The benefits of a total surveillance state – Stuart Armstrong – Aeon

2 Oct

Hmmmm…this article almost makes a surveillance state seem tolerable. Read it and figure out what the author got wrong. Like the assumption that the people who conduct the surveillance will be benign. This is the kind of absolute power that corrupts absolutely.

The hidden assumption is that the world can be controlled from the top. It can’t. Ever. Or only at the  cost of ultimately self-defeating escalating surveillance.

If all goes well, there might be fewer laws for the police to enforce. Most countries currently have an excess of laws, criminalising all sorts of behaviour. This is only tolerated because of selective enforcement; the laws are enforced very rarely, or only against marginalised groups. But if everyone was suddenly subject to enforcement, there would have to be a mass legal repeal. When spliffs on private yachts are punished as severely as spliffs in the ghetto, you can expect the marijuana legalisation movement to gather steam. When it becomes glaringly obvious that most people simply can’t follow all the rules they’re supposed to, these rules will have to be reformed. In the end, there is a chance that mass surveillance could result in more personal freedom, not less.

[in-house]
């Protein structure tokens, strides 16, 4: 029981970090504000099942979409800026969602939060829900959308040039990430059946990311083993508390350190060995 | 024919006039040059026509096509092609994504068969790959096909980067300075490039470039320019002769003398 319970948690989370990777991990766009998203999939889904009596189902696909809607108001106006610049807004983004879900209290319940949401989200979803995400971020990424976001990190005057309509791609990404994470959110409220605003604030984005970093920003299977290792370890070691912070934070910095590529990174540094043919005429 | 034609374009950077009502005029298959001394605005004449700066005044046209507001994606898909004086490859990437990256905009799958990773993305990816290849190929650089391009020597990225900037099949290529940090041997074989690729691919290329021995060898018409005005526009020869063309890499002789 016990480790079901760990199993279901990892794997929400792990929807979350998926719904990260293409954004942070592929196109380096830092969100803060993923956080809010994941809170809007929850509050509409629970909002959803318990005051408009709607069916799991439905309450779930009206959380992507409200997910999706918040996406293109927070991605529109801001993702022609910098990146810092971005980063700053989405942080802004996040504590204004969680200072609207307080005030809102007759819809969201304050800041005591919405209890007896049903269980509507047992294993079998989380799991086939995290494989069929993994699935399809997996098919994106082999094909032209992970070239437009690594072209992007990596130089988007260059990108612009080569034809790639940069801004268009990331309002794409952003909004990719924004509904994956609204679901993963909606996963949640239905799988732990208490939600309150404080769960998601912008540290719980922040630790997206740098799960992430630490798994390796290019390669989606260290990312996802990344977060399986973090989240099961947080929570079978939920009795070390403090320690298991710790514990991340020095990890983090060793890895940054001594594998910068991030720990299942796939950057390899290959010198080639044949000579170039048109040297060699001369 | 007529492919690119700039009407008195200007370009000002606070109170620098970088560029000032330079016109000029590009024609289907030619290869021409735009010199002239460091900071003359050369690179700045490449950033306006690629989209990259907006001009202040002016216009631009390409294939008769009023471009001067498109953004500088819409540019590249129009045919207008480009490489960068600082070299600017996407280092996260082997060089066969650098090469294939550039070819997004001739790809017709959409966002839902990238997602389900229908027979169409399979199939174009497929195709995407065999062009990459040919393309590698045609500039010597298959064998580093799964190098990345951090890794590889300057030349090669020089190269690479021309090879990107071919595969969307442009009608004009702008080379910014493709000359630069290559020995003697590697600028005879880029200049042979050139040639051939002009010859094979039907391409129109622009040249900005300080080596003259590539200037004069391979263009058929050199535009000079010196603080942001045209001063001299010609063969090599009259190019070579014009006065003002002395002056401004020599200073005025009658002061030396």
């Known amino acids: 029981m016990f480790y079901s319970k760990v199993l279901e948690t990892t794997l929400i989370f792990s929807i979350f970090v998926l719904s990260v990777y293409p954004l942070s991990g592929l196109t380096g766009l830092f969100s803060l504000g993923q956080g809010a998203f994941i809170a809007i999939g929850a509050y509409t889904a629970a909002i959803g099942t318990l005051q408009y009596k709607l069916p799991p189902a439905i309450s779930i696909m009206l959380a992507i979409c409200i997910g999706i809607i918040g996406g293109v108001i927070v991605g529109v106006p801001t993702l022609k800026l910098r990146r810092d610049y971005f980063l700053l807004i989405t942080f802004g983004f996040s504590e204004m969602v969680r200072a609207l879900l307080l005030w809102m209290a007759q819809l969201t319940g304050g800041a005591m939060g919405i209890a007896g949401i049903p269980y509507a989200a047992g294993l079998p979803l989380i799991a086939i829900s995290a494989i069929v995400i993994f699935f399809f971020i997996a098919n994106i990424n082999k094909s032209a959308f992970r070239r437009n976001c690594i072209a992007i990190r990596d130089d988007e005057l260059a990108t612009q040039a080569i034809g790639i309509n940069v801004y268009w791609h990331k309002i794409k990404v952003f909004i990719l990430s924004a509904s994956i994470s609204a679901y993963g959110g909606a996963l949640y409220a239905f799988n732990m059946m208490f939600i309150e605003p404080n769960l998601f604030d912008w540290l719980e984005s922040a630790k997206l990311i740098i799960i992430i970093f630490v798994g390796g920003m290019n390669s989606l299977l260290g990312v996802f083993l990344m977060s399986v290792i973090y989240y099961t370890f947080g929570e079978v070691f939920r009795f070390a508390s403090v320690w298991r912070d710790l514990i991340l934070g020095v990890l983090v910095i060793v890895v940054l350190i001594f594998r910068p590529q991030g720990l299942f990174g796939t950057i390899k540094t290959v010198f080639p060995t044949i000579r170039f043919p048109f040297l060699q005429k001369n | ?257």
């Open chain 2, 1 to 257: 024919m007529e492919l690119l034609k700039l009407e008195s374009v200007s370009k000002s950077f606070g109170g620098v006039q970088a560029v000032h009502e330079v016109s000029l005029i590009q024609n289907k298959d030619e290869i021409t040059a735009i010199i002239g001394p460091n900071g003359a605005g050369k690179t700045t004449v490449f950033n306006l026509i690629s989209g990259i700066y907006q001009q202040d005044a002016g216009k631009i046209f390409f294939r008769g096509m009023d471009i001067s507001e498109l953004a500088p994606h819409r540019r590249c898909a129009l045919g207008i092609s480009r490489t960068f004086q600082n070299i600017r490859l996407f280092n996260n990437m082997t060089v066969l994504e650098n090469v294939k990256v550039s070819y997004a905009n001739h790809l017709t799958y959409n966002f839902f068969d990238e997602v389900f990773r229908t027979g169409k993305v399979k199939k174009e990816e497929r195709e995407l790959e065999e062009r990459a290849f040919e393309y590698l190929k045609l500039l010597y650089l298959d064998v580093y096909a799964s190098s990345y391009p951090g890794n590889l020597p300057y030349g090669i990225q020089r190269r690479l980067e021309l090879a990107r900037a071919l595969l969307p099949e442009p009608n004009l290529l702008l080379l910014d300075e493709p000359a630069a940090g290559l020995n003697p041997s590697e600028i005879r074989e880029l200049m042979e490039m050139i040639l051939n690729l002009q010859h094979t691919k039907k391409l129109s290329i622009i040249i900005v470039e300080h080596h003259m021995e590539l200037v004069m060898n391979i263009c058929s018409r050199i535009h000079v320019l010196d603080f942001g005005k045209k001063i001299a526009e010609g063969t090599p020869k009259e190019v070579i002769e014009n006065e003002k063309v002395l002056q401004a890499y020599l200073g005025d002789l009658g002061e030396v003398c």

via The benefits of a total surveillance state – Stuart Armstrong – Aeon.


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